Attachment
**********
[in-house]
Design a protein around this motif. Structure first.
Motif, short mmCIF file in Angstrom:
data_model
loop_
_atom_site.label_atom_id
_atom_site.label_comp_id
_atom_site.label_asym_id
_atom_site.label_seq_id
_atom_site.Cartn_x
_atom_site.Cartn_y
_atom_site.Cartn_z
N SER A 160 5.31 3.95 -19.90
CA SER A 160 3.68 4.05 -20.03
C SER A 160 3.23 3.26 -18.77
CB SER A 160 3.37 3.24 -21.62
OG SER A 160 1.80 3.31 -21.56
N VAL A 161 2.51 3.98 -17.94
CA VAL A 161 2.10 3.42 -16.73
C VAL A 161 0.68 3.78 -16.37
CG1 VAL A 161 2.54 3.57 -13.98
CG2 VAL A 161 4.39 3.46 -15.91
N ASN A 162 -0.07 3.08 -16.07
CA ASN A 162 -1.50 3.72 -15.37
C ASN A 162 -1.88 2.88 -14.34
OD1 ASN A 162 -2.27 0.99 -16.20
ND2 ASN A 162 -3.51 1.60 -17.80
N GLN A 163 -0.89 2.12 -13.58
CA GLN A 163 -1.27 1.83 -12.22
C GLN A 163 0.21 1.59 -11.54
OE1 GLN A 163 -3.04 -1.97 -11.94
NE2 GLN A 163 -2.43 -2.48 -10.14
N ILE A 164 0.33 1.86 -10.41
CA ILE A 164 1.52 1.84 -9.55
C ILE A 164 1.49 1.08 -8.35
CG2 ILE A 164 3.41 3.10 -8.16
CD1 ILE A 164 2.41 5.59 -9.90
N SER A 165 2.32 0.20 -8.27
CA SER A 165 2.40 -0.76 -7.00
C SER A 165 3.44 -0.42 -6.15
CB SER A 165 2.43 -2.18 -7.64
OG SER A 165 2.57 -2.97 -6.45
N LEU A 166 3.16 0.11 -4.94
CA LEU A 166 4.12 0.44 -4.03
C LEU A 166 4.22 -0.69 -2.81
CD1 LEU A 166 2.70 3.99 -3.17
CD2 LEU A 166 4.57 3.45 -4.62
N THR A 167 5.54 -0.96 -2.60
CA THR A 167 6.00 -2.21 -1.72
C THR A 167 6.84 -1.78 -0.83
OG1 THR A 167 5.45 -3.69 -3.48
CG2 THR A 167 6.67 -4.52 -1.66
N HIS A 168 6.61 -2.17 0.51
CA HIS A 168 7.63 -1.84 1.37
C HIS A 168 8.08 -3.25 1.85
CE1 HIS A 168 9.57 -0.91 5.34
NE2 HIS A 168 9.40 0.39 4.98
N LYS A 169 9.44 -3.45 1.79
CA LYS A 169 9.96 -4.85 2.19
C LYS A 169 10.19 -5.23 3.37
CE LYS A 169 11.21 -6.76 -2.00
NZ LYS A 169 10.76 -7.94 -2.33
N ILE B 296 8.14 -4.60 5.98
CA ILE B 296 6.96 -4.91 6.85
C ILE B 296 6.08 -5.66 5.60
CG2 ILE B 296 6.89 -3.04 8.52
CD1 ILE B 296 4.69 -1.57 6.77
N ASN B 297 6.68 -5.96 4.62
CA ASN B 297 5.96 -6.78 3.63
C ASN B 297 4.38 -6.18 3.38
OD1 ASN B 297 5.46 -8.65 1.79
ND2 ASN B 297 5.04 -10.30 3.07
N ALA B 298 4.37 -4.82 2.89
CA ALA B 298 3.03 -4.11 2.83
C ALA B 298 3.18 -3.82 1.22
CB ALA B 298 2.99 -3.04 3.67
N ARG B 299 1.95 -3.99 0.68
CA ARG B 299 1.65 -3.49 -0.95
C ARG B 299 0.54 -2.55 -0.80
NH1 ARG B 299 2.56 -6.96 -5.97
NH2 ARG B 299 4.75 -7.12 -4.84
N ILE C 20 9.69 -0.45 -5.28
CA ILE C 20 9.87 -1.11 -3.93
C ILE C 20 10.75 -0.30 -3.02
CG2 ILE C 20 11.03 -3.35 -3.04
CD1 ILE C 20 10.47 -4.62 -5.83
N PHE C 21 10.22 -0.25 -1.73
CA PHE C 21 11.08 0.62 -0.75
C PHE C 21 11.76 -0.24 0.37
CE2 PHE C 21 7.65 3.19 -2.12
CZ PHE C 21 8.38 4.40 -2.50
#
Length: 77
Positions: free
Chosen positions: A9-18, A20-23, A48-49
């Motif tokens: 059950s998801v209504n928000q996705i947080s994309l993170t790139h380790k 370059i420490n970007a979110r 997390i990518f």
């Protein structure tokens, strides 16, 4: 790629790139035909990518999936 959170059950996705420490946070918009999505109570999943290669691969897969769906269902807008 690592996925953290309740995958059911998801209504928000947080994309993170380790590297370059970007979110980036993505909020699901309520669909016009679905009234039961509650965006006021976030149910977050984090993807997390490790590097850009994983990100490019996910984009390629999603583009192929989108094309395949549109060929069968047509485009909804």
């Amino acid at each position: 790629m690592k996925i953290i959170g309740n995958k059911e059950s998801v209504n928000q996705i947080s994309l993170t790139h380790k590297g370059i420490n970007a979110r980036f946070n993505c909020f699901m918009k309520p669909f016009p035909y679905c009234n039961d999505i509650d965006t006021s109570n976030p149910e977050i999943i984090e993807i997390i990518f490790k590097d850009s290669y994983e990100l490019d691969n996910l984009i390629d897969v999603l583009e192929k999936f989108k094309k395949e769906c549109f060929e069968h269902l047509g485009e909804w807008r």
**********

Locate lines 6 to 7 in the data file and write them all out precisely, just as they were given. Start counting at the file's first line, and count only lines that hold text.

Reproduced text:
_atom_site.label_atom_id
_atom_site.label_comp_id